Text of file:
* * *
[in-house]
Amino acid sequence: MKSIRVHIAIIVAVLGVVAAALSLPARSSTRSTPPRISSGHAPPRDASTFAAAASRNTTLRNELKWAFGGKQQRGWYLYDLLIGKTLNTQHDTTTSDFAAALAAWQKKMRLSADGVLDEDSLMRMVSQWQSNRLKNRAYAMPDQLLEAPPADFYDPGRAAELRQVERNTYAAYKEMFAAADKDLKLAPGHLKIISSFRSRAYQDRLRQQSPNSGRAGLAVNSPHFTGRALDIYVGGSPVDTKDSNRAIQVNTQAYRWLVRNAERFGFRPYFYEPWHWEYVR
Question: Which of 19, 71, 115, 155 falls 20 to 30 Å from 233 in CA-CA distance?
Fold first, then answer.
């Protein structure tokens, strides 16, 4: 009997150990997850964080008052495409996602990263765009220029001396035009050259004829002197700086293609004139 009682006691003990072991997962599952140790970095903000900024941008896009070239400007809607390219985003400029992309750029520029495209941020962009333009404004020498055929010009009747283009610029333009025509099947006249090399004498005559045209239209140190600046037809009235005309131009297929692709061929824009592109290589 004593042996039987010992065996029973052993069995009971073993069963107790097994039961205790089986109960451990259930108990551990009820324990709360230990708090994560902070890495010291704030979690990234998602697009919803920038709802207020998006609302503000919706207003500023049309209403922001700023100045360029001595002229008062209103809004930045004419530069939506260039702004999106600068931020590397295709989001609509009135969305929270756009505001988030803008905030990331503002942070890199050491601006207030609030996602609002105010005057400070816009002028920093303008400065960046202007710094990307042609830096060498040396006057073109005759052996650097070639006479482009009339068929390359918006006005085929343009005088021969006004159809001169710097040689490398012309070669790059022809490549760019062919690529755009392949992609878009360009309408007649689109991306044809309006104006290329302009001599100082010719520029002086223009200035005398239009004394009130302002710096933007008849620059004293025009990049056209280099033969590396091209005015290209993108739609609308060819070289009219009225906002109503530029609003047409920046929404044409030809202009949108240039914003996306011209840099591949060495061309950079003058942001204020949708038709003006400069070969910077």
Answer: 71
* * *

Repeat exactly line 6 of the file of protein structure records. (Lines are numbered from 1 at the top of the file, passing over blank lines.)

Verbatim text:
Answer: 71